The Edible World
|Sites Offered||ALE, GIL, NUE, SAN, SPE, WLA|
|Previously Offered||MSA, NUE, NRS, STP, WDS, WIN|
From the CTY Course Catalog (2001):
Have you ever wondered about the ingredients in a diet soda, the purple stain left by grape juice, or the strange smell of vinegar? Why do canned foods last for years without refrigeration, and how do you make ice cream creamy? In this course, students take a closer look at the common products on grocery shelves, and use these items as a springboard to learning about chemistry and biotechnology.
The three basic building blocks of food— proteins, carbohydrates, and fats—are also the building blocks of all of life as we know it. Through activities, hands-on experiments, and field trips, students learn the role each of these molecules plays in health and disease, as well as how they are used and abused in the modern diet culture. Using Mendel’s early observations of pea plants, students gain a basic understanding of the principles of genetics and explore current questions in the field of selective breeding and genetic engineering. For example, how do scientists create a seedless watermelon or a broccoflower?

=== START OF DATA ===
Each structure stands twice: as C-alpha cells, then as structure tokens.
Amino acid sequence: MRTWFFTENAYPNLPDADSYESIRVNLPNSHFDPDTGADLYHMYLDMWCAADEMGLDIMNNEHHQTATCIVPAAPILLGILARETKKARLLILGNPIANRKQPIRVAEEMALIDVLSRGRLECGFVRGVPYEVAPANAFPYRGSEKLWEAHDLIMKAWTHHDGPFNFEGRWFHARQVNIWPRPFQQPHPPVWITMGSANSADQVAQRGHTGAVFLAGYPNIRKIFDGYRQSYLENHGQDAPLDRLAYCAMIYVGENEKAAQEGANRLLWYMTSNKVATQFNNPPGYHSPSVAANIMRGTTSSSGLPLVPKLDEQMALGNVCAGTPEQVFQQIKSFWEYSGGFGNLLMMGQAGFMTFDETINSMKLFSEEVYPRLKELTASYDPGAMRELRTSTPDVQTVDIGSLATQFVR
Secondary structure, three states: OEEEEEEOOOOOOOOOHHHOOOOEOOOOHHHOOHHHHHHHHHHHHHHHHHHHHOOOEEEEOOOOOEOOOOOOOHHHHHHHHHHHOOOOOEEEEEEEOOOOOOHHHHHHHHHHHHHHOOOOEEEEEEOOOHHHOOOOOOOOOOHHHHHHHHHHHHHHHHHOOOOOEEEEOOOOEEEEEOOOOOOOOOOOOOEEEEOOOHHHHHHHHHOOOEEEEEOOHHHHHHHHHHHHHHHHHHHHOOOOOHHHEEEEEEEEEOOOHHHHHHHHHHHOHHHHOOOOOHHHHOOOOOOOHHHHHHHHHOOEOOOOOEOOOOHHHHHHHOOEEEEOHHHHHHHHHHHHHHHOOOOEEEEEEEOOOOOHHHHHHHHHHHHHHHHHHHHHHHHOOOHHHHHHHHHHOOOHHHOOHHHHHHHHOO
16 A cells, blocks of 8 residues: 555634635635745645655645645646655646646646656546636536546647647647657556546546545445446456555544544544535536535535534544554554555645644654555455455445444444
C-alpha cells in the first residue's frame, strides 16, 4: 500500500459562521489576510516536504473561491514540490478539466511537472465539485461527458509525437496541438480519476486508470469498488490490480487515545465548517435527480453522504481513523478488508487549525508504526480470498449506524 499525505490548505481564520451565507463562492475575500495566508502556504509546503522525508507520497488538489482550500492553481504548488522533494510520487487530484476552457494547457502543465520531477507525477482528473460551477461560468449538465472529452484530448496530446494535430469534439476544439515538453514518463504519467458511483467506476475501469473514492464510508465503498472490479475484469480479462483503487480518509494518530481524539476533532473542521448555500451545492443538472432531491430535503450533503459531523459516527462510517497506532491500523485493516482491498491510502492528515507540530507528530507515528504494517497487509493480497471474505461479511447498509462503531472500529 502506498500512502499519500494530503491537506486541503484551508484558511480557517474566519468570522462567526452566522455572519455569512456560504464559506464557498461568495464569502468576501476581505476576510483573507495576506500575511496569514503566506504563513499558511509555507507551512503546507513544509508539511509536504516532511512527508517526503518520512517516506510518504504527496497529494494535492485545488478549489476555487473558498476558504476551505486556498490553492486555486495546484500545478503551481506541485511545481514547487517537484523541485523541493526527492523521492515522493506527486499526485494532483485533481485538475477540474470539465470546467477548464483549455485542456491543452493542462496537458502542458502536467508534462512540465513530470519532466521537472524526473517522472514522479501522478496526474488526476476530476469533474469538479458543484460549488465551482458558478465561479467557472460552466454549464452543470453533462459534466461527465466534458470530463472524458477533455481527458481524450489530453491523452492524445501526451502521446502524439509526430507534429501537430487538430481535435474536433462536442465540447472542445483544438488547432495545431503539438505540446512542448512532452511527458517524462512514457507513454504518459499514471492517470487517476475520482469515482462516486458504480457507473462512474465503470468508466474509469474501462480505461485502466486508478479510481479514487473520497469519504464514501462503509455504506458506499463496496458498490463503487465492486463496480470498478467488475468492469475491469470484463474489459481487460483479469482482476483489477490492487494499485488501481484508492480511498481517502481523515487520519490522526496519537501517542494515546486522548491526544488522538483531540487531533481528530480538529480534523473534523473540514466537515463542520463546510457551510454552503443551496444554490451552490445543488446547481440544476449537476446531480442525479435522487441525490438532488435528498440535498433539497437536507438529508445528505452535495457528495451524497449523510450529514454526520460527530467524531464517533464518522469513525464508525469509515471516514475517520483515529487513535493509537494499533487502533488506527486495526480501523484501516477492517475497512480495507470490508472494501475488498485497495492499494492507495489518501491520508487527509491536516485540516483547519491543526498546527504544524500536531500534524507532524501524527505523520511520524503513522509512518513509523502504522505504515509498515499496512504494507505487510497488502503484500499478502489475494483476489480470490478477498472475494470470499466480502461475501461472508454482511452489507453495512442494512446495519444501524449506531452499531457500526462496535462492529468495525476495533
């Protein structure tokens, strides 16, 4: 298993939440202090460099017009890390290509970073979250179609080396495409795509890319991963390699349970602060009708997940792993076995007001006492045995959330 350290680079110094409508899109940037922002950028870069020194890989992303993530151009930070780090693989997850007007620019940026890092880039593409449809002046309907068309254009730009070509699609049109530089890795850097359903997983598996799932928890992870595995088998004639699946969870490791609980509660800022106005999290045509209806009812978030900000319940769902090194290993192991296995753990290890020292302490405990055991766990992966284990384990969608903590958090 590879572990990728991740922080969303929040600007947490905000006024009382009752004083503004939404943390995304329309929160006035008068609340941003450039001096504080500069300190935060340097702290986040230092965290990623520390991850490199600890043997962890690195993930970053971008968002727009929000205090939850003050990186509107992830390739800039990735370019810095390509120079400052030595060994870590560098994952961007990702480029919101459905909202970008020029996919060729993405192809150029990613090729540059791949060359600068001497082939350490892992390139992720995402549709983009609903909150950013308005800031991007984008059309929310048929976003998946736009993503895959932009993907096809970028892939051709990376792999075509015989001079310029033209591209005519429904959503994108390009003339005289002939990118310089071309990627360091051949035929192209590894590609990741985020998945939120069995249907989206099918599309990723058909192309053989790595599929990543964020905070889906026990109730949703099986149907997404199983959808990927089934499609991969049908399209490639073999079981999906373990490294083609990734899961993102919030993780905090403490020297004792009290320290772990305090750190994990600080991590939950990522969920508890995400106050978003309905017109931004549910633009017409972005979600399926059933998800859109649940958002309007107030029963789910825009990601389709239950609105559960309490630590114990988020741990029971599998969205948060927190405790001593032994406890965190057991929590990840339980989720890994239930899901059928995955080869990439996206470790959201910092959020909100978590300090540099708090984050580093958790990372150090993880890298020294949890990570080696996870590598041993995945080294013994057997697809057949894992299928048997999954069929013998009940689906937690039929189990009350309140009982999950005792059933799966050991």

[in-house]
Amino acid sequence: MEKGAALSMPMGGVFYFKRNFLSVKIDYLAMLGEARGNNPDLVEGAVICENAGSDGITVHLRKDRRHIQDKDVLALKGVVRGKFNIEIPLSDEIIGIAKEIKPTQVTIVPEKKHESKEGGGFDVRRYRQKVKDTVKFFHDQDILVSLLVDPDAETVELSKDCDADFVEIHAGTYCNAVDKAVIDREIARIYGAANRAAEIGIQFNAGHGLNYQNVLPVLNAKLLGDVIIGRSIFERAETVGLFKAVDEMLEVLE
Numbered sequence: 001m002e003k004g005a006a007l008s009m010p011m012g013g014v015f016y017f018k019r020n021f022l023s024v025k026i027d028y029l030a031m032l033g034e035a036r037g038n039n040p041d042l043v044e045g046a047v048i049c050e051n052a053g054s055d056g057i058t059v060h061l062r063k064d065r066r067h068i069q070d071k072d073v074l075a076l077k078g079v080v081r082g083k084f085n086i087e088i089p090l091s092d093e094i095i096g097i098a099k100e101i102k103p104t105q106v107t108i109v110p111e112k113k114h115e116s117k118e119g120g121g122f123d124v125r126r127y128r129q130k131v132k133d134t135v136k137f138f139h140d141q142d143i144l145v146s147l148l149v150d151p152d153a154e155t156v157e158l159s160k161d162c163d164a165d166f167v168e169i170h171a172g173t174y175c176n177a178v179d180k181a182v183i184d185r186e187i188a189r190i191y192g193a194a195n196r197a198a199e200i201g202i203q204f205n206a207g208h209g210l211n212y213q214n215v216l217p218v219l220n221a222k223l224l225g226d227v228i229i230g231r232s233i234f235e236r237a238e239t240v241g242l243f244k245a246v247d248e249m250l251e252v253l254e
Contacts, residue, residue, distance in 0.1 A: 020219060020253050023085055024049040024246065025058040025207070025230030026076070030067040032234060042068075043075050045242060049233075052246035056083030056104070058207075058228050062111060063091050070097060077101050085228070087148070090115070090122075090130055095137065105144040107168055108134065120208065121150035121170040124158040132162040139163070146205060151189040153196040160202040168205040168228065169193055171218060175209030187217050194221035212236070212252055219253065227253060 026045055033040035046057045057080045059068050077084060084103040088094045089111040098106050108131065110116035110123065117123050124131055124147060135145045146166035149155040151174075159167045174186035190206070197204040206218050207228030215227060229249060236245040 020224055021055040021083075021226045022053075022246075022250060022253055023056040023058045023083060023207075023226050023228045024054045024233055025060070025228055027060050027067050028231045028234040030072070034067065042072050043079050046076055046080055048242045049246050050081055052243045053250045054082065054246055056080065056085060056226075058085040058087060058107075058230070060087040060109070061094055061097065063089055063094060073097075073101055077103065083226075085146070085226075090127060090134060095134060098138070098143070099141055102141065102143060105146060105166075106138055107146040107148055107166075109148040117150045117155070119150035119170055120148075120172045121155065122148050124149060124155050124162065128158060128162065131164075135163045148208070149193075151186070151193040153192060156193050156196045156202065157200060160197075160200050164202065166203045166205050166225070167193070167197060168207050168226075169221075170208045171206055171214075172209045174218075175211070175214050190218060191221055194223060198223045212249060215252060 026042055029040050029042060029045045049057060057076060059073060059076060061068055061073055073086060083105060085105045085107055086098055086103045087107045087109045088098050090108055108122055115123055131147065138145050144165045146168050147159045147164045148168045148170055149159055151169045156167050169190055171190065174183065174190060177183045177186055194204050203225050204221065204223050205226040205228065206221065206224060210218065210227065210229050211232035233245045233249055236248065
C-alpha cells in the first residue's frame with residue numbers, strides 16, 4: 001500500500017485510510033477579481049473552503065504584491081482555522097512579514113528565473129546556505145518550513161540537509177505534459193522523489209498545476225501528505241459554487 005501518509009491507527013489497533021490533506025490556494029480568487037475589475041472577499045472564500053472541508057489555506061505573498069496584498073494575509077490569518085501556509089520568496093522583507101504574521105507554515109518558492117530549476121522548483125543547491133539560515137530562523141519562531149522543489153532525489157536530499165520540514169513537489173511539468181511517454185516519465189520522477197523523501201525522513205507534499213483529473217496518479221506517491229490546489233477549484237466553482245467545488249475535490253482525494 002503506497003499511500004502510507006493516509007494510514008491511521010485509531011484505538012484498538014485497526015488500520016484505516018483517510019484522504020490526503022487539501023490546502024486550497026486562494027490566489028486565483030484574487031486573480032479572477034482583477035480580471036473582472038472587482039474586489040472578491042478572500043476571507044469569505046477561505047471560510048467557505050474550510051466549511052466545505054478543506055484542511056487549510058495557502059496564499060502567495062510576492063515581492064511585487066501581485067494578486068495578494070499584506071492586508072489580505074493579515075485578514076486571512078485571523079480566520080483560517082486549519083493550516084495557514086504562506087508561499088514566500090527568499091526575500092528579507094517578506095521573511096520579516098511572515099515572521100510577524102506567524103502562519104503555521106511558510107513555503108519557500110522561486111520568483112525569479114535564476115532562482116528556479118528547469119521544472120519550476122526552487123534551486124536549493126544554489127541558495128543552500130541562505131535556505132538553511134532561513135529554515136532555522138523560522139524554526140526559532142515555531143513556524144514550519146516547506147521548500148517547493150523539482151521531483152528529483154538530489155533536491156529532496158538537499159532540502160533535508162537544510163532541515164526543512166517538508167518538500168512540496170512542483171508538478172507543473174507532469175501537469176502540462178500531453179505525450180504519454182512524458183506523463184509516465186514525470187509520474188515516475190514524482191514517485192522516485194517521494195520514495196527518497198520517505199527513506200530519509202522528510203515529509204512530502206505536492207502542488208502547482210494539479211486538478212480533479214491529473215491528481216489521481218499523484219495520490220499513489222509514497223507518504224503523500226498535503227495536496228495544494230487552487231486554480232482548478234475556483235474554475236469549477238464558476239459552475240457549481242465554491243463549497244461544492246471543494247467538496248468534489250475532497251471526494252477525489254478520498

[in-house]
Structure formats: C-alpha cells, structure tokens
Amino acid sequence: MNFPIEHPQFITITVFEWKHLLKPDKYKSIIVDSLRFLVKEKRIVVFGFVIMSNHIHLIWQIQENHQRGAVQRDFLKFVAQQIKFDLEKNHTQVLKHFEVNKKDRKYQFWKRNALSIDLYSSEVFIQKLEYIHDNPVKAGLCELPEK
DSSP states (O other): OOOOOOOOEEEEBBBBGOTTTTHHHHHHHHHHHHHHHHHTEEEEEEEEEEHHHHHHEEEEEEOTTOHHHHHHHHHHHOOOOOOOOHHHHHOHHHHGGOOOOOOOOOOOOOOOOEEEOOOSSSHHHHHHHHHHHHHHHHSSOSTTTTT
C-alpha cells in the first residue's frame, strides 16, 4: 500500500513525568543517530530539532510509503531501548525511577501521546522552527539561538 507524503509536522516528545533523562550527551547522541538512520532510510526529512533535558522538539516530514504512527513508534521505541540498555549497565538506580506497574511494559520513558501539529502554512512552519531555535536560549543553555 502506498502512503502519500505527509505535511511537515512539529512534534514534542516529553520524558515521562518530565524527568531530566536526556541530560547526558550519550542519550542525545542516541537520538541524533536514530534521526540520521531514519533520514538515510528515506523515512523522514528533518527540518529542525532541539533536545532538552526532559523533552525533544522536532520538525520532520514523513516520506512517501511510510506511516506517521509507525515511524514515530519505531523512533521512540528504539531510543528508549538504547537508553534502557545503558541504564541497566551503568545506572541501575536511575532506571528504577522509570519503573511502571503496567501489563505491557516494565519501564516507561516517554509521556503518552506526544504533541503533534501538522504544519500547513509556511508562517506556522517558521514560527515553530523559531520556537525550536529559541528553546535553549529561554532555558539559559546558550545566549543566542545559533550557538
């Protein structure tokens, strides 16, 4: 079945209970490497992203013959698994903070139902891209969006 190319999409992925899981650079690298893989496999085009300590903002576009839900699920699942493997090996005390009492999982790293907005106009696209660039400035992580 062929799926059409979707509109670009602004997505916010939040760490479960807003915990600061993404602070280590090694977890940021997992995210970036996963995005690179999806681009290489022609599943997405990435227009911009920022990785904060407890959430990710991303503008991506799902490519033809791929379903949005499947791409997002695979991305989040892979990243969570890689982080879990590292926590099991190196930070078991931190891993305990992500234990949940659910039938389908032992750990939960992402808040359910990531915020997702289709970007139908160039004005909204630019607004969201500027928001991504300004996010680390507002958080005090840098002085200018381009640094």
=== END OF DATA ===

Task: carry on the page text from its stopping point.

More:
Laboratory exercises allow students to explore food chemistry, analyze the pigments produced by plants, and determine the caloric content of common foods. Students investigate what really happens when making ice cream, pasteurizing milk, or pickling cucumbers.